The Johns/Port Mourant Neighbourhood Democratic Council (NDC) in Region 6 (East Berbice-Corentyne) has been slow to investigate the construction of a benab on its reserve.Councillor Orin McDougallThis sloth has caused a lone councillor to mount a picketing demonstration in protest of the construction.Orin McDougall the protestor says NDC Chairman Imran Ali has instructed that they seek the intervention of the Ministry of Communities seeking advice. The benab which he says is illegally constructed is situated in front of the Area ‘H’ Ground.As a Councillor representing Constituency One, McDougall says he is obligated to ensure the council’s by-laws are not breached in his constituency.“This particular area that I am standing on is the Port Mourant reserve and we have noticed construction going on. It is an illegal operation because it is the council’s reserve and according to Chapter 28:02 Section 53:1-4 inclusive AB and C, it states that it is illegal to encumber the council’s reserve or parapet; this is the parapet of the Johns/Port Mourant NDC. I am protesting the building of anything on this parapet,” McDougall told Guyana Time< while in the area of construction.The Councillor explained, “We had statutory meetings and special meetings where the issue was discussed. The Overseer is supposed to send letters to Mr Hilbert Foster and the Rose Hall Town Council.”According to McDougall he is being proactive because he is one of the councillors elected to represent residents in that community.
The women of Lofa Bridge Community have done their country and people a great service by reporting just in time a bridge connecting Grand Cape Mount and Gbarpolu counties that is about to fall apart.Our reporter Gloria Tamba wrote last Tuesday that the women, led by Madam Massa Gorla, had been observing the bridge for some time and noticed that not only are the planks on the bridge floor falling apart, but the very pillars on which it stands are cracking!They made noises, but no one listened. So these patriotic and determined women, whose children cross that bridge daily for school, got fed up and took decisive ACTION. They mounted road blocks on either side, making it impossible for motorists to pass.This caught the immediate attention of the two key Ministries of government, Internal Affairs (MIA) and Public Works (MPW). Soon, MIA Minister Morris Dukuly and MPW Minister Antoinette Weeks were on their way to see the bridge and both ordered it immediately closed to traffic.Public Works Minister Weeks pledged that her engineers would carefully examine the bridge and determine what to do about it.The women of this communities deserve the commendation and gratitude of the entire nation for their action in averting what could have been a major disaster.It remains to be seen what Public Works will do. Are they going to simply mend the broken bridge, or are they going to study it comprehensively and recommend that it be torn down and a proper bridge be built.But a number of questions arise here. Why did it take these women to alert the government about this cracking bridge? Has Public Works no program to monitor on a regular or periodic basis all government construction–bridges, buildings, etc., to determine which one needs repair? It has long been said that the Liberian government knows how to build but not how to maintain. Look at what happened to the Executive Mansion in 2006: the place caught afire due to an electrical fault. Why? No one could remember when last the wiring of the building was checked since the Mansion was completed in 1964!Does Public Works have a detailed listing of all the government buildings and their architectural drawings? Does it have the same for all the roads and bridges it has built? Is there any place where the nation’s architectural archives are kept?What happened to the government’s Decentralization Plan that the Governance Commission designed between 2006 and 2012? The Plan called for the election of county superintendents, city mayors, district commissioners and paramount chiefs. It also called for the major government ministries to be represented in each county. This would include, for starts, the Ministries of Justice–Police, Immigration and Joint Security; Education; Internal Affairs; and Public Works. And since we are dealing in this editorial with physical infrastructure, the Plan called for a Highway Department in each county, working in close collaboration with Public Works. TheDepartment’s function was to maintain all the road networks and public buildings in the county. Had there been a Highway Department in Gbarpolu County, there would have been no need for the women to advise Internal Affairs and Public Works that their bridge was on the verge of collapse.The President has just under three more years in office. She has enough time to finish that which she has begun–the decentralization of the Liberian government, to share power with the people at the local level and hopefully, to enable the government to be a little more efficient.It remains to be seen whether she will be the first Liberian President to accomplish the devolution of power–the transfer to the people at the local level, of some of the powers of the President.Share this:Click to share on Twitter (Opens in new window)Click to share on Facebook (Opens in new window)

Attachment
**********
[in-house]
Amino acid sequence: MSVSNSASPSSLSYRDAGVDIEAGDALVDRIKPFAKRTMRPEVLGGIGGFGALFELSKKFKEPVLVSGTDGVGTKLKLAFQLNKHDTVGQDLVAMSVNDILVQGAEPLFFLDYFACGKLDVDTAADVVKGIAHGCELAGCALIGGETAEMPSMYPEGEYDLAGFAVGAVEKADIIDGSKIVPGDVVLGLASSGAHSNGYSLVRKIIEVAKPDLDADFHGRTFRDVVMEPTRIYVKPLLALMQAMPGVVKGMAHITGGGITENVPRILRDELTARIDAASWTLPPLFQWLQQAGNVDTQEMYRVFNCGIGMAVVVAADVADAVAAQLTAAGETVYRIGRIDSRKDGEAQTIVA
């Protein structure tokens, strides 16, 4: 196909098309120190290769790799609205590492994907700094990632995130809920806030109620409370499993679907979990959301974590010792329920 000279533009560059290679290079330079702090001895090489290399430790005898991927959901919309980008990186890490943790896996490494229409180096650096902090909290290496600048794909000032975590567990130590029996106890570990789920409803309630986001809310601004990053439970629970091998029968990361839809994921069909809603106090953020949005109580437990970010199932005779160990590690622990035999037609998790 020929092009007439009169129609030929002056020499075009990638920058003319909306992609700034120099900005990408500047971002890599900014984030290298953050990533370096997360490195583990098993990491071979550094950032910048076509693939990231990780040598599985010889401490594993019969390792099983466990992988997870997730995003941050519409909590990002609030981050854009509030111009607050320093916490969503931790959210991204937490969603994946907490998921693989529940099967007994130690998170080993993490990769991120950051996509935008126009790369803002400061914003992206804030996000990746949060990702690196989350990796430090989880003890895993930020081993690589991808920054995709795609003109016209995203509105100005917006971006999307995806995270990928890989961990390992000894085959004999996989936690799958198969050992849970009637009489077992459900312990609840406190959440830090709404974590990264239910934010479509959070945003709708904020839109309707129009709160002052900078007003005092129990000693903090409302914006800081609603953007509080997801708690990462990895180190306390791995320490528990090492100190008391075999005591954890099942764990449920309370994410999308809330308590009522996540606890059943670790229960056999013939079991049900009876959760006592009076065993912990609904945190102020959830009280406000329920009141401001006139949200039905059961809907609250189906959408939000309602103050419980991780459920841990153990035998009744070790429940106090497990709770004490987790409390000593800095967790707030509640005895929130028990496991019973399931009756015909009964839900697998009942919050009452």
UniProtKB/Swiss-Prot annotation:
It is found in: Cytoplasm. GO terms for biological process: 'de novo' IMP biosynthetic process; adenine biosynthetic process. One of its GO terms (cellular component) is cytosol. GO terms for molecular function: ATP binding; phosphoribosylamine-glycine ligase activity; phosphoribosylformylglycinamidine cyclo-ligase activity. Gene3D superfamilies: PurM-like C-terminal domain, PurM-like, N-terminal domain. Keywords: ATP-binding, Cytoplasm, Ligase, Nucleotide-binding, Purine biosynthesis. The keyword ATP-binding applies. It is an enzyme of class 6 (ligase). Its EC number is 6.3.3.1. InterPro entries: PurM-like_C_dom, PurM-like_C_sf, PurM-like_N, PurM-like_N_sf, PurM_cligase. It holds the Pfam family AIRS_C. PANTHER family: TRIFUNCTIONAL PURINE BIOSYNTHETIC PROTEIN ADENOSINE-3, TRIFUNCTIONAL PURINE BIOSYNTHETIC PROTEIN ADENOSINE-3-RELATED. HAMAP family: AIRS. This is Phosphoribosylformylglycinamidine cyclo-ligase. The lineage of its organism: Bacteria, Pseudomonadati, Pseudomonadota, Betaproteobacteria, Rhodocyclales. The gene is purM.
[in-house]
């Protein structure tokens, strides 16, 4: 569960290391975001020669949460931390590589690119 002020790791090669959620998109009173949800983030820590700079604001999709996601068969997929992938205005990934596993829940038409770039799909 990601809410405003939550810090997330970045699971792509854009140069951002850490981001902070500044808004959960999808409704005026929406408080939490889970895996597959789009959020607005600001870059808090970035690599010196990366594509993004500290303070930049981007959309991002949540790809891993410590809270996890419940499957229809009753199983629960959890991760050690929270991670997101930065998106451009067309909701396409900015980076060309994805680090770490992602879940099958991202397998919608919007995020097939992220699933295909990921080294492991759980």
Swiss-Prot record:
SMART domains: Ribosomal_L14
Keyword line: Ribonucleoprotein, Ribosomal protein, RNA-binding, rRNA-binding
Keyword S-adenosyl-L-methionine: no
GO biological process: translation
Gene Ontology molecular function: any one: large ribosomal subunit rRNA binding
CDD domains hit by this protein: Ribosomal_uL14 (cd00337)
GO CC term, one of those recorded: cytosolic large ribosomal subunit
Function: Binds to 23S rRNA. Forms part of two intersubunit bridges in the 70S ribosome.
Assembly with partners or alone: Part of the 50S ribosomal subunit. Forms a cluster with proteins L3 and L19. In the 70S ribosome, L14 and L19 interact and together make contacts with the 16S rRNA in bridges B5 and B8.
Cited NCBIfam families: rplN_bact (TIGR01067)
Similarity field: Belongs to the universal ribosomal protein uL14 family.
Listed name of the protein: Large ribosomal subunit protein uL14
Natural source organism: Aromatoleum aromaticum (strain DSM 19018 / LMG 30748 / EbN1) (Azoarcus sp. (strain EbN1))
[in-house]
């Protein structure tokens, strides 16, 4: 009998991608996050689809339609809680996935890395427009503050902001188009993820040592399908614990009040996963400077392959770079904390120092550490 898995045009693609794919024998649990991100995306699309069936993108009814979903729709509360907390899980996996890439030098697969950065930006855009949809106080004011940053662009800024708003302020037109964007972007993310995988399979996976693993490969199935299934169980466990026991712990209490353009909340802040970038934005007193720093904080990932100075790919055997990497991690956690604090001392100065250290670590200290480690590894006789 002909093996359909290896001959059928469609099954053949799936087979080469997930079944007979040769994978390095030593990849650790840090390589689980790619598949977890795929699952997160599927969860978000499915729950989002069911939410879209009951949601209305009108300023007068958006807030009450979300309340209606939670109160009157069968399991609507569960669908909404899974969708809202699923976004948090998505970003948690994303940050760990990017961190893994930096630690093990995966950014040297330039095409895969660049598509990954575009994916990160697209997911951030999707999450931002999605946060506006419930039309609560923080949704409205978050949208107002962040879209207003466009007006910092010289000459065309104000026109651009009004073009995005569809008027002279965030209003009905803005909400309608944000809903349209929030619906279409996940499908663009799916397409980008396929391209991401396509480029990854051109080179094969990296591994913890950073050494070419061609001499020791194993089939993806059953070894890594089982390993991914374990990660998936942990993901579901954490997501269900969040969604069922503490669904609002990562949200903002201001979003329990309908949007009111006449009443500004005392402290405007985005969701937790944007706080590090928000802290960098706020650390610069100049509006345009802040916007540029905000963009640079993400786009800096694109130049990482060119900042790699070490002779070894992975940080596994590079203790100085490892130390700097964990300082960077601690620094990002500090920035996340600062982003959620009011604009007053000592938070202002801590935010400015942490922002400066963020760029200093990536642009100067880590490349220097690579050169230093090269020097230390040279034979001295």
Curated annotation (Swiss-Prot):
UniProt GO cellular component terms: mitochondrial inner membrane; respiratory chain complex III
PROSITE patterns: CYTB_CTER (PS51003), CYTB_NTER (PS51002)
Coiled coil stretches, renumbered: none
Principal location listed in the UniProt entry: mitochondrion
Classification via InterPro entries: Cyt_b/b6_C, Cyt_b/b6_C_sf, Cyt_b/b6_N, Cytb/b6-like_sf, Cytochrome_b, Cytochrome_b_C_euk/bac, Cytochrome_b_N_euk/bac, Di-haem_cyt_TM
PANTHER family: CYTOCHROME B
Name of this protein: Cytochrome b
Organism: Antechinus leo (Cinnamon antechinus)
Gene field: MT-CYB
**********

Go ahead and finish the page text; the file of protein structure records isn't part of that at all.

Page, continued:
Ann Sandell International School with support from a Switzerland-based non-governmental organization (NGO), Aid For Liberia, has embarked on the distribution of assorted anti-Ebola supplies among residents of ‘poor’ communities in Montserrado and Margibi Counties.Aid for Liberia is a group founded by Liberians living in Switzerland. The organization is aimed at helping needy Liberians with non-interest loans; benefiting the likes of market women and other institutions such as schools and vulnerable communities dwellers.Some of the items the school authority is distributing include reading materials for school-going children, who now sit home in the absence of functional academic institutions. Other supplies are several bags of 25-kg rice, scratch cards to enable community dwellers make call whenever they suspect any outbreak, flyers with Ebola preventive messages, etc.Ann Sandell Proprietor, Laybeah Gbowee, who is spear-heading the distribution exercise put the cost of the items at US1, 550. She said the money was provided through the kind gesture of Aid for Liberia leadership.“We are distributing these educational materials to enable students who are sitting at home in the wake of school closure to keep them learning as they await recommencement of classes,” Madam Gbowee declared.Share this:Click to share on Twitter (Opens in new window)Click to share on Facebook (Opens in new window)